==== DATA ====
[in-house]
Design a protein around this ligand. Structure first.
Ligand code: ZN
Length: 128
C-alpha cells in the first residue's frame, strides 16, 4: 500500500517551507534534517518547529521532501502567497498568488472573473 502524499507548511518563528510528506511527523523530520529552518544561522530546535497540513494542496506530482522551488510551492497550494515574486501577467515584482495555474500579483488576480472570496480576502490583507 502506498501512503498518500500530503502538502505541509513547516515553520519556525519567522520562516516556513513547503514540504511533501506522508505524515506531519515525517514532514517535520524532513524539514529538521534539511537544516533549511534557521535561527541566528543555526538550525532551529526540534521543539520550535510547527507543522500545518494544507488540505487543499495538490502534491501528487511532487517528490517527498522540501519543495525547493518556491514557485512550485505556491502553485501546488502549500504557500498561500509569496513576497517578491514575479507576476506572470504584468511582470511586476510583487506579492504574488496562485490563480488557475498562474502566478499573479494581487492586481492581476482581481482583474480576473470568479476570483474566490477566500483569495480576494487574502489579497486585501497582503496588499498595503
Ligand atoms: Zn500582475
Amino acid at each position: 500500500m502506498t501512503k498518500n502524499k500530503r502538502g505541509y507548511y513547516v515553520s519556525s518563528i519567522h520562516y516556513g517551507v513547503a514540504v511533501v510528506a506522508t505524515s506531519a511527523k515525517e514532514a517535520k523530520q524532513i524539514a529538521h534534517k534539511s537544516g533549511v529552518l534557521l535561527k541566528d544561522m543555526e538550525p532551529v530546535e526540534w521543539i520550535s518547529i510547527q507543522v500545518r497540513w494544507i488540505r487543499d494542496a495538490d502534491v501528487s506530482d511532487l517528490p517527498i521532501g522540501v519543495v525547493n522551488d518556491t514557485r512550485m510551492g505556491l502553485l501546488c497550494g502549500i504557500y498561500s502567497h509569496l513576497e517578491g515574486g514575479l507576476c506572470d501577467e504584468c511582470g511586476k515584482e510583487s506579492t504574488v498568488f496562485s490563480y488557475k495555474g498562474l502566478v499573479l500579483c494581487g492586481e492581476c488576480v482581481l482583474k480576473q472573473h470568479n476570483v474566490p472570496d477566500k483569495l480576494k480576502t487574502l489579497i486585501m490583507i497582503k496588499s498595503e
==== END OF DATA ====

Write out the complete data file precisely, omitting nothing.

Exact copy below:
[in-house]
Design a protein around this ligand. Structure first.
Ligand code: ZN
Length: 128
C-alpha cells in the first residue's frame, strides 16, 4: 500500500517551507534534517518547529521532501502567497498568488472573473 502524499507548511518563528510528506511527523523530520529552518544561522530546535497540513494542496506530482522551488510551492497550494515574486501577467515584482495555474500579483488576480472570496480576502490583507 502506498501512503498518500500530503502538502505541509513547516515553520519556525519567522520562516516556513513547503514540504511533501506522508505524515506531519515525517514532514517535520524532513524539514529538521534539511537544516533549511534557521535561527541566528543555526538550525532551529526540534521543539520550535510547527507543522500545518494544507488540505487543499495538490502534491501528487511532487517528490517527498522540501519543495525547493518556491514557485512550485505556491502553485501546488502549500504557500498561500509569496513576497517578491514575479507576476506572470504584468511582470511586476510583487506579492504574488496562485490563480488557475498562474502566478499573479494581487492586481492581476482581481482583474480576473470568479476570483474566490477566500483569495480576494487574502489579497486585501497582503496588499498595503
Ligand atoms: Zn500582475
Amino acid at each position: 500500500m502506498t501512503k498518500n502524499k500530503r502538502g505541509y507548511y513547516v515553520s519556525s518563528i519567522h520562516y516556513g517551507v513547503a514540504v511533501v510528506a506522508t505524515s506531519a511527523k515525517e514532514a517535520k523530520q524532513i524539514a529538521h534534517k534539511s537544516g533549511v529552518l534557521l535561527k541566528d544561522m543555526e538550525p532551529v530546535e526540534w521543539i520550535s518547529i510547527q507543522v500545518r497540513w494544507i488540505r487543499d494542496a495538490d502534491v501528487s506530482d511532487l517528490p517527498i521532501g522540501v519543495v525547493n522551488d518556491t514557485r512550485m510551492g505556491l502553485l501546488c497550494g502549500i504557500y498561500s502567497h509569496l513576497e517578491g515574486g514575479l507576476c506572470d501577467e504584468c511582470g511586476k515584482e510583487s506579492t504574488v498568488f496562485s490563480y488557475k495555474g498562474l502566478v499573479l500579483c494581487g492586481e492581476c488576480v482581481l482583474k480576473q472573473h470568479n476570483v474566490p472570496d477566500k483569495l480576494k480576502t487574502l489579497i486585501m490583507i497582503k496588499s498595503e